Monday, January 18, 2016


It all began on July 3, 1978 when I met a beautiful (to me) young man by the name of Ray Lopez in the Silver Dollar Bar in Los Angeles. I soon discovered that Ray was a hopeless alcoholic, and the story of our relationship the stuff of which bad soap operas are made. But what I want to address here is the astounding power of epiphany, and how deeply we tend to hide things from ourselves.

When Ray died of AIDS in, I think it was 1994…I can never remember for some reason which probably has significance of some sort…my first thought was “Oh, Ray!” I was truly sorry, but it was an oddly detached feeling, and I was proud of myself for handling it far more calmly than I would have imagined. Later, when I thought of his death, the feeling was largely of frustration and anger: how could he not have saved himself? How could I not have saved him?

I have often said that I consider Ray to have been the love of my life. When he was sober, there was no one on earth more kind, caring, or sweet natured. But when he drank…and in the eight or nine years (on and off) we were together the longest he went without drinking was eight months…he became a tortured animal, lashing out at everyone and everything. Knowing that many others who have alcoholics in their lives have gone through basically the same thing didn’t make it any easier.

At any rate, time passed and while I thought of him often, it was still almost always rather as though I were viewing a display case of beautiful (but of course dead) butterflies skewered on a pin. Real but not real.
And then in June of 1999, a friend called me to tell me that PBS was doing an all-male version of the ballet Swan Lake that nightand insisted I watch. I’d seen the Ballets du Trockadero group…men with light beards and hairy chests dressed up in tutus and tiaras and toe shoes…a couple of times, and while they were mildly amusing, I have never cared for men in tutus. But since I’d told him I’d watch, I did.

From the minute I turned the program on, I did not move from my chair: I was transfixed…overwhelmed. This was no silly story of men pretending to be women: the swans here were all powerful, fascinating, alternately beautiful and threatening, and the love story between the lead male swan and the prince nearly tore my heart out. It was, I still feel, the most beautiful thing I’d ever seen.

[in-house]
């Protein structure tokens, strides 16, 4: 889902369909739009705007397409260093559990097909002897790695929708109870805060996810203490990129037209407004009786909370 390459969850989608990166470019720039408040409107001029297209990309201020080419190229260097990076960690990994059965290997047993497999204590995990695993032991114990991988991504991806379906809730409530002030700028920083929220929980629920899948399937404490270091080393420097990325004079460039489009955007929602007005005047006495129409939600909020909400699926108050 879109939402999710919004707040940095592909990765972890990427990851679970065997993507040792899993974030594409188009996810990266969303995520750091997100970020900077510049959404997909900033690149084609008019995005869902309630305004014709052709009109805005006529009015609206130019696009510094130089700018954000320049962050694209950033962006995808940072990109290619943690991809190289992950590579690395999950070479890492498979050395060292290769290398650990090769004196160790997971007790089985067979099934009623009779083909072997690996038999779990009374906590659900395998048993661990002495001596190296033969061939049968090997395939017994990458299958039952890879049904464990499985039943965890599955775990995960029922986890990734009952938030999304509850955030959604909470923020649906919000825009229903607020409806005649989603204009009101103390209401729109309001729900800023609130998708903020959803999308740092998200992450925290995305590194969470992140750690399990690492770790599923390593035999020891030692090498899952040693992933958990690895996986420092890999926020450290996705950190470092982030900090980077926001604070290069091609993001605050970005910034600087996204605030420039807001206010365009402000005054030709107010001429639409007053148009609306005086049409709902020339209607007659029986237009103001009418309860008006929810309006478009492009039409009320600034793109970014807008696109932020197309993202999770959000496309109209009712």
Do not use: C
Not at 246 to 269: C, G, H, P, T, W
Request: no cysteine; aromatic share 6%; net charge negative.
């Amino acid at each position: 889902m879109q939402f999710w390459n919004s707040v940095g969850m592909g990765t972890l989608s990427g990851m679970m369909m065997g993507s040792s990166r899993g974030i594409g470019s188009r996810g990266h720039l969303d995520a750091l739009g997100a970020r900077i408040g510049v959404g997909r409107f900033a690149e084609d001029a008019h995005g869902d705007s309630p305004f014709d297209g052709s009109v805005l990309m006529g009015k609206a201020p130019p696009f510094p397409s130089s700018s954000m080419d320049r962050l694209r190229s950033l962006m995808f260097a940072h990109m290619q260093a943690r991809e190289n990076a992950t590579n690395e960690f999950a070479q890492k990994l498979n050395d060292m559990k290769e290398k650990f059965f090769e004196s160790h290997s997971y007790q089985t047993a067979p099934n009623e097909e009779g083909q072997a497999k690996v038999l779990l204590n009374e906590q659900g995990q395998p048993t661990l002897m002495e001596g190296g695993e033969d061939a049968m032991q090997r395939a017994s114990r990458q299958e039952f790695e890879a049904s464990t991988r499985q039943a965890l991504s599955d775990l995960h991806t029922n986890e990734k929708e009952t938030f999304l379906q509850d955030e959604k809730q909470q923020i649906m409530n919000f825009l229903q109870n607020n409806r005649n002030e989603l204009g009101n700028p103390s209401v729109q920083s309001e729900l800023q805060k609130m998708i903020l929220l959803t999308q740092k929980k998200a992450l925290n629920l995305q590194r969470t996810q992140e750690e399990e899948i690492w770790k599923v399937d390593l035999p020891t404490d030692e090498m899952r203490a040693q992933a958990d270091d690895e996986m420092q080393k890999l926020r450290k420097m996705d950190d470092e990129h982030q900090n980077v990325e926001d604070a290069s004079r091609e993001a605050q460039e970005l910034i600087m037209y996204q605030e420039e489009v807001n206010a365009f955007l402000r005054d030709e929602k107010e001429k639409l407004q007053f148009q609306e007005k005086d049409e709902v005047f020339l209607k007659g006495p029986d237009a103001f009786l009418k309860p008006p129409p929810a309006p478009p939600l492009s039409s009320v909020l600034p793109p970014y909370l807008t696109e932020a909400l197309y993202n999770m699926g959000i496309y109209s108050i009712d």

When the production ended, I went directly to the phone to order the VHS of the performance, which I watched at least a dozen times. And when I heard the production…Matthew Bourne’s Swan Lake…was opening on Broadway, I drove to New York for three days to see it: three times! And each time I was overwhelmed by the power and beauty…and ultimately, the tragedy…of it. Because of the impossibility of the lead dancers to do eight shows a week, they had two alternates for both the Prince and the Swan, and I did not get a chance to see the two from the video dance together.

So I returned to northern Wisconsin, still enthralled, still watching and re-watching the video.
And then I read that Adam Cooper, the Swan from the video, was leaving the show, and his last performance would be on December 19…and that he would be dancing with Scott Ambler, the video’s prince. I knew I had to be there, and (flying, this time) I returned to New York to see the show four more times, including Adam Cooper’s last performance.

The story of Swan Lake, as you know, concerns the love of a prince and a beautiful White Swan, who later becomes an evil Stranger. The Prince and the White Swan are reunited at the end of the show, but the indescribably bittersweet reunion ends in their death. As one review of the production stated with total accuracy and total understatement: “Simply heartbreaking.” And coupled with Tchaikovsky’s almost unbearably moving score, the result was breathtaking every time I saw it.

And the last night, as I was walking from the theater, I had my epiphany...why I had not realized it before, I don’t know—I’m sure you’ve already realized it. But it suddenly struck me that the Prince was me, and both the Swan and the Stranger were Ray: the loving Swan when sober, the inconceivably cruel Stranger when drunk. And most significantly I had not realized until that moment that I had never allowed myself to grieve for Ray, and that each time I watched this production, I was in fact allowing myself, finally to grieve for him.

Somehow, that epiphany lifted an indescribable weight from my shoulders...and my heart, and I have been able to finally say, maudlin as I’m sure it sounds, “I love you, Ray. Good-bye.”
This blog is from Dorien's ebook of blogs, "Short Circuits," available from Untreed Reads and Amazon:

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